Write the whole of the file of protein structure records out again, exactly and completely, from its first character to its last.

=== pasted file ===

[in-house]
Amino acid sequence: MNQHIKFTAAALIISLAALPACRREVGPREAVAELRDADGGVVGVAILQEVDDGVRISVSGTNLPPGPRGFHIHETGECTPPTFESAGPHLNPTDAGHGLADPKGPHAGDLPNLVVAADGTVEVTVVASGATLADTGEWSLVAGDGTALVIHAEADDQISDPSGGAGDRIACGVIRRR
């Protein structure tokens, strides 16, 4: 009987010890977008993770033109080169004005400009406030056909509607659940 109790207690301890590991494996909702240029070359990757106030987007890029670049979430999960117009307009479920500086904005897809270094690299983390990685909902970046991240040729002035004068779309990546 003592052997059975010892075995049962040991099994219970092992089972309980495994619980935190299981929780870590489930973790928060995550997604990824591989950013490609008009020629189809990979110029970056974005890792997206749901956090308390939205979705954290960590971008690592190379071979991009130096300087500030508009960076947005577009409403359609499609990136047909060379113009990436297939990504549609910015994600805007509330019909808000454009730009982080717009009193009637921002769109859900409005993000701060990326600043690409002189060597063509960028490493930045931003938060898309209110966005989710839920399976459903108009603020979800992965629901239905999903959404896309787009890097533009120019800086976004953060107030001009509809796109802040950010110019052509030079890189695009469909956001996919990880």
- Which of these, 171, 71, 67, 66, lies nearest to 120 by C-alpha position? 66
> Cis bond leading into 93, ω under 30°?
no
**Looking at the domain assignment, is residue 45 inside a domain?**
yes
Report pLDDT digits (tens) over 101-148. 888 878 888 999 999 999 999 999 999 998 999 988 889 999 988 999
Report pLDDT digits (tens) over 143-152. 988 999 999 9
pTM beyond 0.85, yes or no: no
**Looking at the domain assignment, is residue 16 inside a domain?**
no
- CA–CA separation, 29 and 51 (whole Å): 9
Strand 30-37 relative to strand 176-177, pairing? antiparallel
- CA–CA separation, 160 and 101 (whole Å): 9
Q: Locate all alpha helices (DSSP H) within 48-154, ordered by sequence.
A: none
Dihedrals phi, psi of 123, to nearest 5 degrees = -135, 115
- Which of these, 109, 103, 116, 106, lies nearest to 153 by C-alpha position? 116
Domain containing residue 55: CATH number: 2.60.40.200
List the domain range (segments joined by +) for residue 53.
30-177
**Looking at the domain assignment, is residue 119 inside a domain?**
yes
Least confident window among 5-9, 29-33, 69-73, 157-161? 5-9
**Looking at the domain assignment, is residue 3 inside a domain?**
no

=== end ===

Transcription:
[in-house]
Amino acid sequence: MNQHIKFTAAALIISLAALPACRREVGPREAVAELRDADGGVVGVAILQEVDDGVRISVSGTNLPPGPRGFHIHETGECTPPTFESAGPHLNPTDAGHGLADPKGPHAGDLPNLVVAADGTVEVTVVASGATLADTGEWSLVAGDGTALVIHAEADDQISDPSGGAGDRIACGVIRRR
């Protein structure tokens, strides 16, 4: 009987010890977008993770033109080169004005400009406030056909509607659940 109790207690301890590991494996909702240029070359990757106030987007890029670049979430999960117009307009479920500086904005897809270094690299983390990685909902970046991240040729002035004068779309990546 003592052997059975010892075995049962040991099994219970092992089972309980495994619980935190299981929780870590489930973790928060995550997604990824591989950013490609008009020629189809990979110029970056974005890792997206749901956090308390939205979705954290960590971008690592190379071979991009130096300087500030508009960076947005577009409403359609499609990136047909060379113009990436297939990504549609910015994600805007509330019909808000454009730009982080717009009193009637921002769109859900409005993000701060990326600043690409002189060597063509960028490493930045931003938060898309209110966005989710839920399976459903108009603020979800992965629901239905999903959404896309787009890097533009120019800086976004953060107030001009509809796109802040950010110019052509030079890189695009469909956001996919990880």
- Which of these, 171, 71, 67, 66, lies nearest to 120 by C-alpha position? 66
> Cis bond leading into 93, ω under 30°?
no
**Looking at the domain assignment, is residue 45 inside a domain?**
yes
Report pLDDT digits (tens) over 101-148. 888 878 888 999 999 999 999 999 999 998 999 988 889 999 988 999
Report pLDDT digits (tens) over 143-152. 988 999 999 9
pTM beyond 0.85, yes or no: no
**Looking at the domain assignment, is residue 16 inside a domain?**
no
- CA–CA separation, 29 and 51 (whole Å): 9
Strand 30-37 relative to strand 176-177, pairing? antiparallel
- CA–CA separation, 160 and 101 (whole Å): 9
Q: Locate all alpha helices (DSSP H) within 48-154, ordered by sequence.
A: none
Dihedrals phi, psi of 123, to nearest 5 degrees = -135, 115
- Which of these, 109, 103, 116, 106, lies nearest to 153 by C-alpha position? 116
Domain containing residue 55: CATH number: 2.60.40.200
List the domain range (segments joined by +) for residue 53.
30-177
**Looking at the domain assignment, is residue 119 inside a domain?**
yes
Least confident window among 5-9, 29-33, 69-73, 157-161? 5-9
**Looking at the domain assignment, is residue 3 inside a domain?**
no